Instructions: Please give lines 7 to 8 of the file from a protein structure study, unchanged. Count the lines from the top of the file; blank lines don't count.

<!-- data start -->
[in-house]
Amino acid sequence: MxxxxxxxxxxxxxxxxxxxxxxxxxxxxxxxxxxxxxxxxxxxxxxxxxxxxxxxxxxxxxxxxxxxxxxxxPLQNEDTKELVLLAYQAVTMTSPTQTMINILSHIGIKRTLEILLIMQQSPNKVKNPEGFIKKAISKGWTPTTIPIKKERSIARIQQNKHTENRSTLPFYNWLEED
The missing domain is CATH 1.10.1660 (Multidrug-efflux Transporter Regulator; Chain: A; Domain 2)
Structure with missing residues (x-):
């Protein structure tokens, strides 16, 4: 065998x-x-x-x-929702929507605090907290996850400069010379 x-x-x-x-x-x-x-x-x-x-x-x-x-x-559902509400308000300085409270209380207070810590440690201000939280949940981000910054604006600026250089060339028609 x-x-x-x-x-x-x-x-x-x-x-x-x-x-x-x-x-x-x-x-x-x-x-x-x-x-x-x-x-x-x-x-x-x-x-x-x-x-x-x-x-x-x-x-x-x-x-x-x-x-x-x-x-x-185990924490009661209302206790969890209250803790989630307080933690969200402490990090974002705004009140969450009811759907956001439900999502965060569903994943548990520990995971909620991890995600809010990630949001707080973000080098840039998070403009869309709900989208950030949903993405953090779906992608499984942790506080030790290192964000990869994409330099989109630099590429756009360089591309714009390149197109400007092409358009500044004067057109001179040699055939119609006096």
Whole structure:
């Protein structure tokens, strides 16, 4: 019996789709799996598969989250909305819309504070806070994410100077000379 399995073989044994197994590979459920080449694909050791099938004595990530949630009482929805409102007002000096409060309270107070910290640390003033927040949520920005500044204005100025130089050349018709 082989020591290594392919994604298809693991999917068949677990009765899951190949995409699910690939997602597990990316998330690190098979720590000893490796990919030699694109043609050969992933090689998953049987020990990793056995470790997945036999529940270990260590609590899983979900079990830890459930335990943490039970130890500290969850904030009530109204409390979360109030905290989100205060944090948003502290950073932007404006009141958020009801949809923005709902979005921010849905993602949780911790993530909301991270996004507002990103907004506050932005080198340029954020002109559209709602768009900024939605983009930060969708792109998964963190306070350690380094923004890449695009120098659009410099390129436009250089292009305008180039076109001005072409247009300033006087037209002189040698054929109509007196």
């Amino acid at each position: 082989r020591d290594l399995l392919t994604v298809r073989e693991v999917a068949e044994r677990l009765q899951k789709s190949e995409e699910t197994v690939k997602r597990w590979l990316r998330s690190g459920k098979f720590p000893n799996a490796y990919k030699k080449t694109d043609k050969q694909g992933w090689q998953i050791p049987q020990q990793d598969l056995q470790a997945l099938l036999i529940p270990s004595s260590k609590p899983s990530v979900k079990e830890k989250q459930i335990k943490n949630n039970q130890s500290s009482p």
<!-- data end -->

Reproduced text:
């Protein structure tokens, strides 16, 4: 019996789709799996598969989250909305819309504070806070994410100077000379 399995073989044994197994590979459920080449694909050791099938004595990530949630009482929805409102007002000096409060309270107070910290640390003033927040949520920005500044204005100025130089050349018709 082989020591290594392919994604298809693991999917068949677990009765899951190949995409699910690939997602597990990316998330690190098979720590000893490796990919030699694109043609050969992933090689998953049987020990990793056995470790997945036999529940270990260590609590899983979900079990830890459930335990943490039970130890500290969850904030009530109204409390979360109030905290989100205060944090948003502290950073932007404006009141958020009801949809923005709902979005921010849905993602949780911790993530909301991270996004507002990103907004506050932005080198340029954020002109559209709602768009900024939605983009930060969708792109998964963190306070350690380094923004890449695009120098659009410099390129436009250089292009305008180039076109001005072409247009300033006087037209002189040698054929109509007196």
């Amino acid at each position: 082989r020591d290594l399995l392919t994604v298809r073989e693991v999917a068949e044994r677990l009765q899951k789709s190949e995409e699910t197994v690939k997602r597990w590979l990316r998330s690190g459920k098979f720590p000893n799996a490796y990919k030699k080449t694109d043609k050969q694909g992933w090689q998953i050791p049987q020990q990793d598969l056995q470790a997945l099938l036999i529940p270990s004595s260590k609590p899983s990530v979900k079990e830890k989250q459930i335990k943490n949630n039970q130890s500290s009482p």